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Inspired by the country’s cloudy weather, an Irish researcher has developed a new way to increase the efficiency of solar panels – even in the event of overcast skies. With a grant from the European Research Council (ERC), the disruptive technology has increased the viability of effective solar energy collection in northern Europe. The potential of this innovation could be huge given Europe’s growing demand for cost-effective and sustainable energy solutions.
After the birth of quantum mechanics in the early 20th century, this branch of physics evolved from being primarily the conceptual framework for the description of subatomic particle phenomena to providing inspiration for new technological applications. New hybrid architecture of quantum systems is now being developed in order to foster the implementation of cutting-edge quantum technologies.
Prof. Nicolosi received a BSc with honors in Chemistry from the University of Catania, Italy, and Ph.D. in Physics from Trinity College Dublin. Today she is Professor of Nanomaterials & Advanced Microscopy at the School of Chemistry, Trinity College Dublin, and principal investigator at the Centers for Research on Adaptive Nanostructures and Nanodevices (CRANN) and for Advanced Materials and BioEngineering (AMBER). Her interdisciplinary research focuses on low-dimensional nanomaterials, including graphene. She received three top-up ERC Proof of Concept grants to commercialize her findings.
Originally published in March 2017 as part of the multimedia campaign "ERC - 10 years – 10 portraits."
In physics, scientists can predict the existence of a particle which is eventually, soon after or considerably later, observed experimentally. The Higgs boson is one of the most striking recent examples. ERC grantee Leo Kouwenhoven has recently made such a demonstration proving the existence of the “Majorana fermion”, a particle theorised in the 1930s. Detecting Majorana’s particles is not only exciting for particle physicists; thanks to their properties they could prove useful as stable “quantum bits” of information that could make quantum computers a reality.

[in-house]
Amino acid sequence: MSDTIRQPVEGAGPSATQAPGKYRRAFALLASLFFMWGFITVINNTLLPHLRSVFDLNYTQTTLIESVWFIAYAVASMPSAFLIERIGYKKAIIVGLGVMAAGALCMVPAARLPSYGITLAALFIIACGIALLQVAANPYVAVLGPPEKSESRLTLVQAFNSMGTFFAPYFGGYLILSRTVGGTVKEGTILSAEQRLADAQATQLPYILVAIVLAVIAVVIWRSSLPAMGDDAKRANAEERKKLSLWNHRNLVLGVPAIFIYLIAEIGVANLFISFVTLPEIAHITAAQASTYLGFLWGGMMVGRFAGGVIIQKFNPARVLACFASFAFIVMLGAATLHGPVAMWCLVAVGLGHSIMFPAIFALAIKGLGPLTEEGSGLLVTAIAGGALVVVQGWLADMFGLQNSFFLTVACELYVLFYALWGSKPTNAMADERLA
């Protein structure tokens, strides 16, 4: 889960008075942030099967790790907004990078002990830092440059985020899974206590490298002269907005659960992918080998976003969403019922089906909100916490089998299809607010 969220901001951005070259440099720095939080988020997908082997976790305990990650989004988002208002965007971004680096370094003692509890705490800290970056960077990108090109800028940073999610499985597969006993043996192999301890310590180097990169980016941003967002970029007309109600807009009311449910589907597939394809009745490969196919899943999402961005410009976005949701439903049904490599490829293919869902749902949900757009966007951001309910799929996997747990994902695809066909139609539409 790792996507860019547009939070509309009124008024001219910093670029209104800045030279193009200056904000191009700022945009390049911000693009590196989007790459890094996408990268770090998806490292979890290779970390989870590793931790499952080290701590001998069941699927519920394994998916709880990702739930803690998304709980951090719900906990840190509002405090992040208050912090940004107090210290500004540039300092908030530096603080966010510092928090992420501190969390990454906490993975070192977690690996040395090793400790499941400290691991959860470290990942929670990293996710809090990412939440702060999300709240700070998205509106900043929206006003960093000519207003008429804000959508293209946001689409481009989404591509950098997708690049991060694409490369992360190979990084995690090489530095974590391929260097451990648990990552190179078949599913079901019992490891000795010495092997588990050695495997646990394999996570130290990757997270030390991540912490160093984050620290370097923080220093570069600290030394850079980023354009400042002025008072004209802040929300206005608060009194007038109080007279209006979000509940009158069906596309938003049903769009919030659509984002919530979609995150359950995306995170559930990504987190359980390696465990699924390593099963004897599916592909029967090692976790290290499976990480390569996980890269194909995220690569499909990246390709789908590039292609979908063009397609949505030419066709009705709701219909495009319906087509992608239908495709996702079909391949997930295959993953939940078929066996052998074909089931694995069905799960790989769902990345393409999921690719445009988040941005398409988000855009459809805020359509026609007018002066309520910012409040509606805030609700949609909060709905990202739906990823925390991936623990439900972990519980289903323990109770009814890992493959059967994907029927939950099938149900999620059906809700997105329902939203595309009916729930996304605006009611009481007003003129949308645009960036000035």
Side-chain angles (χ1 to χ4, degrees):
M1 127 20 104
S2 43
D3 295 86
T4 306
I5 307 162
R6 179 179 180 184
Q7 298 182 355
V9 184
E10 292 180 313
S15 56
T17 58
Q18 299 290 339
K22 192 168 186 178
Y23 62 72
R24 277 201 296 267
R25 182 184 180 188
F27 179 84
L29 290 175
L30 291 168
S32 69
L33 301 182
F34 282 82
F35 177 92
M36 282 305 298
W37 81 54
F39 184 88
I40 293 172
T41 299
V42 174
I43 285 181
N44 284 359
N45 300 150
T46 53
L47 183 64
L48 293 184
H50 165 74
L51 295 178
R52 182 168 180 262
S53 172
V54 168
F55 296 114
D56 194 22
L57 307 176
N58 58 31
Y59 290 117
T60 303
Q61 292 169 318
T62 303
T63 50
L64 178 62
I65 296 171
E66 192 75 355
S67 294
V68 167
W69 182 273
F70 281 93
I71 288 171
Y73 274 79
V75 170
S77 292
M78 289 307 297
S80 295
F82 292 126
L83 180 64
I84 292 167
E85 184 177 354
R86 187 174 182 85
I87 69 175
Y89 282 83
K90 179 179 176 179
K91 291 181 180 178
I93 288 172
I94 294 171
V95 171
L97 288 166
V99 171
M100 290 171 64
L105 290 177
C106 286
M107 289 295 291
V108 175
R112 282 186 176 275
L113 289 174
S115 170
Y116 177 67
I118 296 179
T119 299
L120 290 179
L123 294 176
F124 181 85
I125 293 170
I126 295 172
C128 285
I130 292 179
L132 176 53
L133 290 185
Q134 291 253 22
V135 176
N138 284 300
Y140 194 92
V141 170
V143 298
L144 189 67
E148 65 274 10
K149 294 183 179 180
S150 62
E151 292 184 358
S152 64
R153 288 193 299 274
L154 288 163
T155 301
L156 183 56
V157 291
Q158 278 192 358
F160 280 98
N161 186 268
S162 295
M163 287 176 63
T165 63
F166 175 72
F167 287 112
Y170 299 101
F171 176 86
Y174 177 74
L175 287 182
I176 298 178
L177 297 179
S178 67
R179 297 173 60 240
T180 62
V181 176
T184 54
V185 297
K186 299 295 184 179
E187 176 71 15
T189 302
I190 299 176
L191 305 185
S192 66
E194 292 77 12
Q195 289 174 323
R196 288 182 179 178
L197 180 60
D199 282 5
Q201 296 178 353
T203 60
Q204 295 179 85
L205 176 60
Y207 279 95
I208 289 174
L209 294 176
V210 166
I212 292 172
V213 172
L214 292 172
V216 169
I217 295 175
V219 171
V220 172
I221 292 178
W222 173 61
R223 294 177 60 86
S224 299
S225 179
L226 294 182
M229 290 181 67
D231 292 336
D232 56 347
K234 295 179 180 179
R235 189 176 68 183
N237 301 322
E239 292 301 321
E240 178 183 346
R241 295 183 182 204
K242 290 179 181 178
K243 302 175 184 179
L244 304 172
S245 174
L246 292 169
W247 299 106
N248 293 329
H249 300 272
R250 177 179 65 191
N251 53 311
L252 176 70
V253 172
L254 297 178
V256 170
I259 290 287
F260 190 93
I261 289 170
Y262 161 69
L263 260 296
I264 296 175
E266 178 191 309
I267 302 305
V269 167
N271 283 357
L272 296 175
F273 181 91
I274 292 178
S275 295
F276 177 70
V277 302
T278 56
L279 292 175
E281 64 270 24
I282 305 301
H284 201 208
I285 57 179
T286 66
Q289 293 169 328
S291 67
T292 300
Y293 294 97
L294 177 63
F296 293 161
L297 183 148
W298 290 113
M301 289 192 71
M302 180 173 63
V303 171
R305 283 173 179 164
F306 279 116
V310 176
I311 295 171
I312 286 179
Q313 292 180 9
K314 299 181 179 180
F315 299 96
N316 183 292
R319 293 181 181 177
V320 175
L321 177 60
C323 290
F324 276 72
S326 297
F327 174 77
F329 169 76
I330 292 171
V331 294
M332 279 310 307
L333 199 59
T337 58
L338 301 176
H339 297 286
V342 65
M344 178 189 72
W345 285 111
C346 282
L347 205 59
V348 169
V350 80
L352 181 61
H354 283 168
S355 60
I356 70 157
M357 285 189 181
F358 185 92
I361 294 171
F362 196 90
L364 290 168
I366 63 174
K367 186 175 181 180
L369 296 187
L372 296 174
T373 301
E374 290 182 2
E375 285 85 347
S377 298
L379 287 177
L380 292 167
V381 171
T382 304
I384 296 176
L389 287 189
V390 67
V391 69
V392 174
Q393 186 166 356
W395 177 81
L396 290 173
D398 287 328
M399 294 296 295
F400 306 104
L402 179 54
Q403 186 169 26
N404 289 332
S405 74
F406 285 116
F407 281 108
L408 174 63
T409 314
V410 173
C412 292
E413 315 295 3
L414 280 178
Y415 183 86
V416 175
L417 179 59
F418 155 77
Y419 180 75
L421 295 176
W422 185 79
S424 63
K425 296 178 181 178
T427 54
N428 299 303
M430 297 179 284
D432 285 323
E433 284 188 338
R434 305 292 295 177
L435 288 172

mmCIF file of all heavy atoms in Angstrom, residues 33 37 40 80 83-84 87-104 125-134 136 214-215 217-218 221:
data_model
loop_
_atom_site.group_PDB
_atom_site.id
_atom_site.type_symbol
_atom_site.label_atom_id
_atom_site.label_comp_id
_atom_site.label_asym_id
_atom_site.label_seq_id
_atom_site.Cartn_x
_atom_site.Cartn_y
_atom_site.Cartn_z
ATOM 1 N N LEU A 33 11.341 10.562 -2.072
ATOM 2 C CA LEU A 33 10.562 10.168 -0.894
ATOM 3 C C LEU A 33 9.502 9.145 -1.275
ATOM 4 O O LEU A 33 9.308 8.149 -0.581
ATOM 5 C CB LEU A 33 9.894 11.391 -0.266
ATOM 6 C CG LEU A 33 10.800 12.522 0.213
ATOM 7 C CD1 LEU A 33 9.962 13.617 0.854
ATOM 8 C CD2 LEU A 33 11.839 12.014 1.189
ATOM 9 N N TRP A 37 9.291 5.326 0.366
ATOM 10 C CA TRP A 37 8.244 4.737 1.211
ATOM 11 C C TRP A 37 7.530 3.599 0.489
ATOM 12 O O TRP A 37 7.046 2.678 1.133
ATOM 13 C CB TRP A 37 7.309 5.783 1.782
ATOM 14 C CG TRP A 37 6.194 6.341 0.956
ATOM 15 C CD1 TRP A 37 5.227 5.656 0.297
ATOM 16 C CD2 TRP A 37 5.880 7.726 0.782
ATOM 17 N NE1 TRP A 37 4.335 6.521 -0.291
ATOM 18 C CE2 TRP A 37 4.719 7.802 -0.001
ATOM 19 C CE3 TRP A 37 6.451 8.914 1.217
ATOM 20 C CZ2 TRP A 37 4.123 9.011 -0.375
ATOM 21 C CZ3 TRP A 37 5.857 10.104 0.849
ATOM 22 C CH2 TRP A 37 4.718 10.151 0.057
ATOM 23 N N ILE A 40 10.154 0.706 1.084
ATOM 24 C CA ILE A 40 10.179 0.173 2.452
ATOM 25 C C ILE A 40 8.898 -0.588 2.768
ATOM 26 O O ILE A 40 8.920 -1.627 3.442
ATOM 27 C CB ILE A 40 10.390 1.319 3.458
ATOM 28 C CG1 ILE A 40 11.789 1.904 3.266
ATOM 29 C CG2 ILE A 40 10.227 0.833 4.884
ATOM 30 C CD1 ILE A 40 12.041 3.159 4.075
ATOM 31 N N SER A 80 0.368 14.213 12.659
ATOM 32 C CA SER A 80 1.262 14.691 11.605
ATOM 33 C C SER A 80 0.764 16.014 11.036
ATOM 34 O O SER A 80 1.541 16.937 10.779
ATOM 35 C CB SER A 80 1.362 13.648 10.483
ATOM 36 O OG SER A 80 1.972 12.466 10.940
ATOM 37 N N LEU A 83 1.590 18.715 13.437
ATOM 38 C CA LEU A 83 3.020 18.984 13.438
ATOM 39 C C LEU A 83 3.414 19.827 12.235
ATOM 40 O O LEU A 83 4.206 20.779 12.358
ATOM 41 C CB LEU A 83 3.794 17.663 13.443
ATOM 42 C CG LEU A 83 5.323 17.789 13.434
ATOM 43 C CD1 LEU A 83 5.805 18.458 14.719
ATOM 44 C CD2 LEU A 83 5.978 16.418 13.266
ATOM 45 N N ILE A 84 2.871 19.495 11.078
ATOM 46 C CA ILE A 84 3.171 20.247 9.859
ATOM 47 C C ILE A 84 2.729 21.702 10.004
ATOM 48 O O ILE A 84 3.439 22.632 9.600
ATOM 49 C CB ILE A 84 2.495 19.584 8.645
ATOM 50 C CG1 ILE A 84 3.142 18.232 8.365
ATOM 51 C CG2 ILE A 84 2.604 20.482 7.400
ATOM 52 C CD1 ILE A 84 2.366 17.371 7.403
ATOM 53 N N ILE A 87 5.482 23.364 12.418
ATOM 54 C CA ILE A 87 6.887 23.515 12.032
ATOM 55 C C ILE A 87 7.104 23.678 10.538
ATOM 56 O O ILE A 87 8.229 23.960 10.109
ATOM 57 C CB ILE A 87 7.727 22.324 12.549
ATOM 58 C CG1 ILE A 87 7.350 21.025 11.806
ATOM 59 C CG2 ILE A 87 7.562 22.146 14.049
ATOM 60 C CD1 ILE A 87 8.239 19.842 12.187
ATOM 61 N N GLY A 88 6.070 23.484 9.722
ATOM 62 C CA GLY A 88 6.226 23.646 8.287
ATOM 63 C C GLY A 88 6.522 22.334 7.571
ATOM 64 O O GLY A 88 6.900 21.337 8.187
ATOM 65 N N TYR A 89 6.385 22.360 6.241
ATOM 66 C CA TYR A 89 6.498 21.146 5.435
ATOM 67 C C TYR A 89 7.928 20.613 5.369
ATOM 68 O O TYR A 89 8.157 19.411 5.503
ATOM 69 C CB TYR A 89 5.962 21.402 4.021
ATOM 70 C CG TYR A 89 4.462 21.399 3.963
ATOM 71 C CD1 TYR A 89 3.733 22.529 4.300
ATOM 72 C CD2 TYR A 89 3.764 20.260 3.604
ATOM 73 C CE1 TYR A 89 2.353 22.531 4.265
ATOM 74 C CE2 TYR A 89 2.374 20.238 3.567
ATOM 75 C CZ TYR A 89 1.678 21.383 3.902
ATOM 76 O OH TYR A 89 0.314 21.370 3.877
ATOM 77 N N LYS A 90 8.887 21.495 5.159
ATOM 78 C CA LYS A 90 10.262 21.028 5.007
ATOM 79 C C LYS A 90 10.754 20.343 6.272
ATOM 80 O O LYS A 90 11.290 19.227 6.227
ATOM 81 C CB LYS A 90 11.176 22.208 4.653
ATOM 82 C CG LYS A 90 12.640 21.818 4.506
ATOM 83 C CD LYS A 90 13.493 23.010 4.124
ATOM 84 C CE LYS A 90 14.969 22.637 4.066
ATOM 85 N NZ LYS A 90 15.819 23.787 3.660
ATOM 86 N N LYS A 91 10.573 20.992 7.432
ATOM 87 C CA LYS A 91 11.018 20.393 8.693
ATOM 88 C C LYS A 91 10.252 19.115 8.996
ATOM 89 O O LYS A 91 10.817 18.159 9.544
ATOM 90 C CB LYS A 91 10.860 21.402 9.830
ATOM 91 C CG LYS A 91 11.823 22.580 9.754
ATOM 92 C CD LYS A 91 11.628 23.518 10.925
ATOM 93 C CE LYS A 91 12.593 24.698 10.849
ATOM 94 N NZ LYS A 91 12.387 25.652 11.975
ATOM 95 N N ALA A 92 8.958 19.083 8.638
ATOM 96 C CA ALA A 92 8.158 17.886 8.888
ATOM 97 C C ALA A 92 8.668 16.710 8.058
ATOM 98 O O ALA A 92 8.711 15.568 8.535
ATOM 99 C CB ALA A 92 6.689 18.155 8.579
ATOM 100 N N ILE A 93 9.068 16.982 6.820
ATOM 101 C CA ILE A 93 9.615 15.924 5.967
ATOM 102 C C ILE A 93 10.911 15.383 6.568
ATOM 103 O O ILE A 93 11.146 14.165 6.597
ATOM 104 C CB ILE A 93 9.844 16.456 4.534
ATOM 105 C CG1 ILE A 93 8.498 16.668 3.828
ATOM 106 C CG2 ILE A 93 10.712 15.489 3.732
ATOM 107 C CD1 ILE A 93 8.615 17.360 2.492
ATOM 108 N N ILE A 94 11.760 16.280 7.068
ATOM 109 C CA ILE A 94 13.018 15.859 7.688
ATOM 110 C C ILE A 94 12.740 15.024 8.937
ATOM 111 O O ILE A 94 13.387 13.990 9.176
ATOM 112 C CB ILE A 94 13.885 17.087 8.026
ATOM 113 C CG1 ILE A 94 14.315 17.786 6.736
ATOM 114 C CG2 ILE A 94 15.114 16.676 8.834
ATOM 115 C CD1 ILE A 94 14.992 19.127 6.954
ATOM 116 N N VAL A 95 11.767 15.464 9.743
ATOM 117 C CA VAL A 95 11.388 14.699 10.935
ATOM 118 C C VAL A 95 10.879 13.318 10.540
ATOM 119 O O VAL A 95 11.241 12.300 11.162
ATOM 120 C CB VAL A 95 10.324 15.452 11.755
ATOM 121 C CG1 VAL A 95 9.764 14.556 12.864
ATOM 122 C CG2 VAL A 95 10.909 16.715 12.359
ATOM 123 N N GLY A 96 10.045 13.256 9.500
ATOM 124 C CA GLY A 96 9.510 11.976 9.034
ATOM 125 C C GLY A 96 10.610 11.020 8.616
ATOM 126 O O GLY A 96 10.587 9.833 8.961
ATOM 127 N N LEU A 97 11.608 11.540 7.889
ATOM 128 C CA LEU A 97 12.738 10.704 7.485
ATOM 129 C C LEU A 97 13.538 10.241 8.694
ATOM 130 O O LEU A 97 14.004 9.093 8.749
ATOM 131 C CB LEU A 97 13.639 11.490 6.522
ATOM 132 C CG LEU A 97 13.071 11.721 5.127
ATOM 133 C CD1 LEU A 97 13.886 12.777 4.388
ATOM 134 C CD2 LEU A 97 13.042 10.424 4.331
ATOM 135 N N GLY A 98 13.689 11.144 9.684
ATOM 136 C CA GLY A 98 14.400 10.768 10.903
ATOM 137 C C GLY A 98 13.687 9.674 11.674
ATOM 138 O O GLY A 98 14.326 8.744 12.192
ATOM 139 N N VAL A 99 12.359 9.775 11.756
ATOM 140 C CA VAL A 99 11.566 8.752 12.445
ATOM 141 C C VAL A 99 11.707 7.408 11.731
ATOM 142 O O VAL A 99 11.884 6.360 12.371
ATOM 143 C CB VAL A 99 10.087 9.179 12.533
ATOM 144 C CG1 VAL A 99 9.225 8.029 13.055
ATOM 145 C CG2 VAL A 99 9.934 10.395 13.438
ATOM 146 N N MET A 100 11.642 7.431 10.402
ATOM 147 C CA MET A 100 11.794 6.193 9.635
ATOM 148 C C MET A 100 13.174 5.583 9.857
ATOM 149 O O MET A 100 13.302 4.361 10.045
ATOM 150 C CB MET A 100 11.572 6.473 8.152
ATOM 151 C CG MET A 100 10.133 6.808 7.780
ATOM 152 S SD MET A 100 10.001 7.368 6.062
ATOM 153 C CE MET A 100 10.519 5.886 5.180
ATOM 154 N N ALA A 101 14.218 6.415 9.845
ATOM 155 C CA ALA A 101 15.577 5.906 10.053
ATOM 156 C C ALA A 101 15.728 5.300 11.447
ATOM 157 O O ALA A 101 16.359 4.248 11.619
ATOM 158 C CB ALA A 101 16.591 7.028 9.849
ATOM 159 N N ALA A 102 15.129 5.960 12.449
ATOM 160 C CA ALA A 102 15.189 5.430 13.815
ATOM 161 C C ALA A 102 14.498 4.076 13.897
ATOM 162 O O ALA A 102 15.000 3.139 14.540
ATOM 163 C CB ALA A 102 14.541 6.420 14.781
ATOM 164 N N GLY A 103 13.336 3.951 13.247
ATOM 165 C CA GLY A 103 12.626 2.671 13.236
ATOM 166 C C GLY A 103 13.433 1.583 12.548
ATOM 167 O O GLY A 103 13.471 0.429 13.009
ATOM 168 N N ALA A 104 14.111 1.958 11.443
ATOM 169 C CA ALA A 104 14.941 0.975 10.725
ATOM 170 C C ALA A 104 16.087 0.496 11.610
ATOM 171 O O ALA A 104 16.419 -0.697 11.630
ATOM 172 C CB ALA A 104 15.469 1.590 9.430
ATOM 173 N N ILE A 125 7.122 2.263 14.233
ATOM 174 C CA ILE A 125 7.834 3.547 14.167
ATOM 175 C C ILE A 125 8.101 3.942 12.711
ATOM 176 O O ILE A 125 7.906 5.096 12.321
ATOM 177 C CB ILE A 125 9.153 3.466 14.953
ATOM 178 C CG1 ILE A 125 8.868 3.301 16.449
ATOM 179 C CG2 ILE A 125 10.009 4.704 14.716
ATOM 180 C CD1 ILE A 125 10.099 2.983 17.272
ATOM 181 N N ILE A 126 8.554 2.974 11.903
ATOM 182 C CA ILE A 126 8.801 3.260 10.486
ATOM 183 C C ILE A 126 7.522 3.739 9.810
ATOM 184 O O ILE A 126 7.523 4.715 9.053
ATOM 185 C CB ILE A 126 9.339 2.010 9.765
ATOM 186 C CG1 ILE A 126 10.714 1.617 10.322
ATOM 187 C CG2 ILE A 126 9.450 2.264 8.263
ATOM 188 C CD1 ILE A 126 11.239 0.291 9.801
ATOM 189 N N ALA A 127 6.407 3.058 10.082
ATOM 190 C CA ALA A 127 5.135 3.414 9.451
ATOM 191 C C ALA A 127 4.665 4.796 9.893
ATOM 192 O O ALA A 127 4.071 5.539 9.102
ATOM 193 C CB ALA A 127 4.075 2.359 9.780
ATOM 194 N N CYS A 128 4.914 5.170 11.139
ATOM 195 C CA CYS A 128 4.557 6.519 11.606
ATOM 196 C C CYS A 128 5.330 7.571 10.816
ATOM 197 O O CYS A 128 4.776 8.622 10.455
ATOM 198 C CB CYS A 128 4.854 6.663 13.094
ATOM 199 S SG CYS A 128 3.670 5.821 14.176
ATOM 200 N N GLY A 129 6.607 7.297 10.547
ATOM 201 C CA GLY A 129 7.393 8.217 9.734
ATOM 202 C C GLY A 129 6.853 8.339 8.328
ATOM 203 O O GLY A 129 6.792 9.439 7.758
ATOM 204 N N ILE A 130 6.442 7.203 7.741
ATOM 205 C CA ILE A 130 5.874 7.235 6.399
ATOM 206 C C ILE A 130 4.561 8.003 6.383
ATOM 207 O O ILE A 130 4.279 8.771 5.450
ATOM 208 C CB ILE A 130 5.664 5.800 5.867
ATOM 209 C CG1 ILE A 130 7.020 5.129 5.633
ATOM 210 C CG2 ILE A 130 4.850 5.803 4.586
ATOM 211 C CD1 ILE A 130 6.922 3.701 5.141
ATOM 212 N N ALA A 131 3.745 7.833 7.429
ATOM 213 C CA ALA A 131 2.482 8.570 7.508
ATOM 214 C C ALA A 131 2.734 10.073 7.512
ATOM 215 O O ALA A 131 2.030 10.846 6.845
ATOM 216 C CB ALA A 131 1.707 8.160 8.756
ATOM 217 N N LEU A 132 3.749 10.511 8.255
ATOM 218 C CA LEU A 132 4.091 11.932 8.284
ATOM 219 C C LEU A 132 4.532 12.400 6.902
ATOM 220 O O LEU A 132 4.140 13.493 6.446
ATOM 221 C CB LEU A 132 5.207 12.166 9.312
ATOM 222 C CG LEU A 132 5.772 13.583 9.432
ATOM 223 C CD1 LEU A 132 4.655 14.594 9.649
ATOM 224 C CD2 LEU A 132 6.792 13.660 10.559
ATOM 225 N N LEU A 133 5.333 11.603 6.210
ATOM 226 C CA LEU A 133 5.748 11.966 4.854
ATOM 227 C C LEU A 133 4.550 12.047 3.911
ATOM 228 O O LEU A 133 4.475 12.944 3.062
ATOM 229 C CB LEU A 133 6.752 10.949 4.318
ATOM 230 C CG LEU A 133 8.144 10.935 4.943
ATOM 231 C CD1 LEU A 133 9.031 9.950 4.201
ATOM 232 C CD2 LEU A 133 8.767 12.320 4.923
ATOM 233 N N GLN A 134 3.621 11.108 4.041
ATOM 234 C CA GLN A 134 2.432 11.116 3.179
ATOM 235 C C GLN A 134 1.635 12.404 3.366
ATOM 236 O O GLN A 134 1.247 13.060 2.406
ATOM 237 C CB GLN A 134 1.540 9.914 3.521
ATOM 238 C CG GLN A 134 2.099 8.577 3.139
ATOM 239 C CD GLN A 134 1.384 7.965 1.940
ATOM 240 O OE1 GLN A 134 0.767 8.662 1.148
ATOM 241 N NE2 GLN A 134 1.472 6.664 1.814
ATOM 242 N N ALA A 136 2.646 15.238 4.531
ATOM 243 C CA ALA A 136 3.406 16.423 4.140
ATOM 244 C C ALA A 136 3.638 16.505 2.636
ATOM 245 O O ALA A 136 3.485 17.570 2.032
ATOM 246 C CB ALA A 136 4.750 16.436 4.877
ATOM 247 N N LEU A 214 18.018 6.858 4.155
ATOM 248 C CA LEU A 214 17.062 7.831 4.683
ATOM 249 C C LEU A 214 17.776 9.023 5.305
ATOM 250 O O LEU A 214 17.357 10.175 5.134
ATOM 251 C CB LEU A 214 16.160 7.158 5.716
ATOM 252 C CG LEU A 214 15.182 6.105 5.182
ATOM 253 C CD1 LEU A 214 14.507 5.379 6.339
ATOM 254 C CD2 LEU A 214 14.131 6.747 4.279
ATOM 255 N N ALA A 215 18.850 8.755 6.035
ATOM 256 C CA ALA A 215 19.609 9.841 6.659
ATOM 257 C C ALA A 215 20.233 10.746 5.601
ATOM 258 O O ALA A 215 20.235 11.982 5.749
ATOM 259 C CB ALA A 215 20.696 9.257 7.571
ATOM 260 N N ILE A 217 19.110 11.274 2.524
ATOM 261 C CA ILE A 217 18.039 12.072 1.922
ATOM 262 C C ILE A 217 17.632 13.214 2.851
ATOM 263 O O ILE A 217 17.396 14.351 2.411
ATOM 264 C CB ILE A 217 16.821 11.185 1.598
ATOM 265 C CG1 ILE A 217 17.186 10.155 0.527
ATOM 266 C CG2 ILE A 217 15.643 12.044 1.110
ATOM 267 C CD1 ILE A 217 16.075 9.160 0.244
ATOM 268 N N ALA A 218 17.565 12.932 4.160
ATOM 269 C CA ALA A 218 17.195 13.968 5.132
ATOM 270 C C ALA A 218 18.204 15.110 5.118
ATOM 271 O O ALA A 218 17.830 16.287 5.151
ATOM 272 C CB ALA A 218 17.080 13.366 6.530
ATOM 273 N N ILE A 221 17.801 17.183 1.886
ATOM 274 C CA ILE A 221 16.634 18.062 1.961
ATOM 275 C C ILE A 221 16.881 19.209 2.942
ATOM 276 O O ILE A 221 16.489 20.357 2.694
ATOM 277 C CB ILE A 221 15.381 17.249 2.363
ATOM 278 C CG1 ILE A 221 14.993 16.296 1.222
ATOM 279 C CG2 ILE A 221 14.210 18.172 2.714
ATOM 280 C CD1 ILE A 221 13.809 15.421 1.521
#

How can we explain the continuity of Chinese empires? Dr Hilde De Weerdt with her project "Chinese Empire" revisits this big question in world history.
The discovery, conquest, and subsequent colonization of the Americas gave rise to surprising, multifaceted encounters between the Old and New Worlds. These encounters were not limited to the first-contact phase or to the military subjugation of new lands by the Europeans. They have been long processes of cross-cultural communication—in which both sides participated equally—that continued to develop through the colonial and postcolonial eras up to the present day.
How can we guarantee the integrity of existing buildings while continuing to develop urban spaces? Professor Debra Laefer's ERC-funded project tackles fundamental problems at the interface between new engineering undertakings and building conservation. The research team will draw on a largely unmined data source to create a system to predict the degree of damage likely to be sustained by buildings as a result of tunnelling.